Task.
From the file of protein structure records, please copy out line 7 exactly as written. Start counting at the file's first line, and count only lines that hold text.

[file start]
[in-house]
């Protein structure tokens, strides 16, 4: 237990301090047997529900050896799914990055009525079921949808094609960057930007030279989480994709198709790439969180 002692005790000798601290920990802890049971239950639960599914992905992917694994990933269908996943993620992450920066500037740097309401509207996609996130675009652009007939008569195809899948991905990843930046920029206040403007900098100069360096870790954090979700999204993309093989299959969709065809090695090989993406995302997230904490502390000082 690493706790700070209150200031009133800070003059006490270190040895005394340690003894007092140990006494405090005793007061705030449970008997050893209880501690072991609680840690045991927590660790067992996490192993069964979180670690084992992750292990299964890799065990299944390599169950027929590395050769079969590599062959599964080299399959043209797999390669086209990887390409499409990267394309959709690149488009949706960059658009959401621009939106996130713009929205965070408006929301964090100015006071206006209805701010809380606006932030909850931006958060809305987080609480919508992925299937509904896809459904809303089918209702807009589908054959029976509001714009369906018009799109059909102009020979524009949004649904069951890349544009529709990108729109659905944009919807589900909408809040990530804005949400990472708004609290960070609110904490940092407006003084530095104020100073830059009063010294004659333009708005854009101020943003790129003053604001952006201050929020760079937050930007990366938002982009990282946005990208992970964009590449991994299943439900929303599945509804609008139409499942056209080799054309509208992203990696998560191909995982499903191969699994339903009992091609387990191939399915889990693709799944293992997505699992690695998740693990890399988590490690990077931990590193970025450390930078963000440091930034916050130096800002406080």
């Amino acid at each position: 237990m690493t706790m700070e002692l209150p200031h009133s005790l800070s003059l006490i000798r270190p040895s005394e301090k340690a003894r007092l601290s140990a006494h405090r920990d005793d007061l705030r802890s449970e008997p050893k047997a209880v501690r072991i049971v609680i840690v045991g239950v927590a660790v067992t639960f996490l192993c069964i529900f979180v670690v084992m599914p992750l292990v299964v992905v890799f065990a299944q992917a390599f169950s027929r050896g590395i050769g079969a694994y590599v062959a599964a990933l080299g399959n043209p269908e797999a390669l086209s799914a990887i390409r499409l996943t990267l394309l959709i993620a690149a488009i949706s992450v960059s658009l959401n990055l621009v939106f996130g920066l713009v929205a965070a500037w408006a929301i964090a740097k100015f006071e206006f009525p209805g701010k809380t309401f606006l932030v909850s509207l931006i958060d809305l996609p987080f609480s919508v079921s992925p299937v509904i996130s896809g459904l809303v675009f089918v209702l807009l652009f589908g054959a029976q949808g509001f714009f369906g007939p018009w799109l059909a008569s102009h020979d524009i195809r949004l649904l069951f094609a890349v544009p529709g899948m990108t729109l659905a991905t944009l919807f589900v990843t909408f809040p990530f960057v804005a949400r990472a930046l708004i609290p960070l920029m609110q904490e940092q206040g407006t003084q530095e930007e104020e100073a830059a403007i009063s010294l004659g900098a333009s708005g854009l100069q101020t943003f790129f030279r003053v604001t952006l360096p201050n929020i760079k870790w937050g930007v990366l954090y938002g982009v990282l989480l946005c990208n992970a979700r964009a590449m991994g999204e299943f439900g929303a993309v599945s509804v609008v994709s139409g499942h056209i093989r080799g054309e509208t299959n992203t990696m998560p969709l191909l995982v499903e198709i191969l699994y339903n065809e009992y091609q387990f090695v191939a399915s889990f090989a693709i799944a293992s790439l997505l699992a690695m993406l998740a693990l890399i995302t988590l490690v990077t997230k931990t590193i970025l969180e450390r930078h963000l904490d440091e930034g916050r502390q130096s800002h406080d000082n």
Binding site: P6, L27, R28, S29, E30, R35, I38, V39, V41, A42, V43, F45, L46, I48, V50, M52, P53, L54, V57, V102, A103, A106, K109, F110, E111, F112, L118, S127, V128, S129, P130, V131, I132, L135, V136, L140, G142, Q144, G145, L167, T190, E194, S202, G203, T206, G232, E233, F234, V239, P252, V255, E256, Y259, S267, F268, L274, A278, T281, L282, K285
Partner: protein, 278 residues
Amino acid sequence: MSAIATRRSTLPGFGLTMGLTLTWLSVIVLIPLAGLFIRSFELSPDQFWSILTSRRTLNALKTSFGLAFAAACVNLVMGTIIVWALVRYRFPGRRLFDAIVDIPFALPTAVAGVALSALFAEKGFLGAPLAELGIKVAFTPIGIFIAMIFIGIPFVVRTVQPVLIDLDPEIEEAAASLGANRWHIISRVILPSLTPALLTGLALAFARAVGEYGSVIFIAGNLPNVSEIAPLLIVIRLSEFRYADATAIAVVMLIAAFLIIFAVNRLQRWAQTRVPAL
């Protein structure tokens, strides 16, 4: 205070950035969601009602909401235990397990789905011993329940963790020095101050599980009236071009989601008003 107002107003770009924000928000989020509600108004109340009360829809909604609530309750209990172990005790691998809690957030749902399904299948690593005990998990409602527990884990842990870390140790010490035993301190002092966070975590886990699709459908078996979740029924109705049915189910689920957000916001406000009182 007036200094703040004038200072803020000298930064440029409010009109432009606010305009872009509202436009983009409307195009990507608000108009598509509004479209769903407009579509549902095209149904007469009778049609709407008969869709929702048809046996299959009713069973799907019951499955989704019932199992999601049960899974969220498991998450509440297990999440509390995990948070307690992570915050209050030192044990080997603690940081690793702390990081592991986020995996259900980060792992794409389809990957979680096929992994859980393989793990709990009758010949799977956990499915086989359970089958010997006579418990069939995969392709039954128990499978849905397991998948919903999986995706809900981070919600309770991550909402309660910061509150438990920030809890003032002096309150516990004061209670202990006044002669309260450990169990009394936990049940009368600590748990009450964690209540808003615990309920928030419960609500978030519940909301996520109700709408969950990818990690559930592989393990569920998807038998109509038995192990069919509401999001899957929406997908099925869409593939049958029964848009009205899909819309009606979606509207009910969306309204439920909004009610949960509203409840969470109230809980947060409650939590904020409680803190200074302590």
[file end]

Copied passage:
């Protein structure tokens, strides 16, 4: 205070950035969601009602909401235990397990789905011993329940963790020095101050599980009236071009989601008003 107002107003770009924000928000989020509600108004109340009360829809909604609530309750209990172990005790691998809690957030749902399904299948690593005990998990409602527990884990842990870390140790010490035993301190002092966070975590886990699709459908078996979740029924109705049915189910689920957000916001406000009182 007036200094703040004038200072803020000298930064440029409010009109432009606010305009872009509202436009983009409307195009990507608000108009598509509004479209769903407009579509549902095209149904007469009778049609709407008969869709929702048809046996299959009713069973799907019951499955989704019932199992999601049960899974969220498991998450509440297990999440509390995990948070307690992570915050209050030192044990080997603690940081690793702390990081592991986020995996259900980060792992794409389809990957979680096929992994859980393989793990709990009758010949799977956990499915086989359970089958010997006579418990069939995969392709039954128990499978849905397991998948919903999986995706809900981070919600309770991550909402309660910061509150438990920030809890003032002096309150516990004061209670202990006044002669309260450990169990009394936990049940009368600590748990009450964690209540808003615990309920928030419960609500978030519940909301996520109700709408969950990818990690559930592989393990569920998807038998109509038995192990069919509401999001899957929406997908099925869409593939049958029964848009009205899909819309009606979606509207009910969306309204439920909004009610949960509203409840969470109230809980947060409650939590904020409680803190200074302590």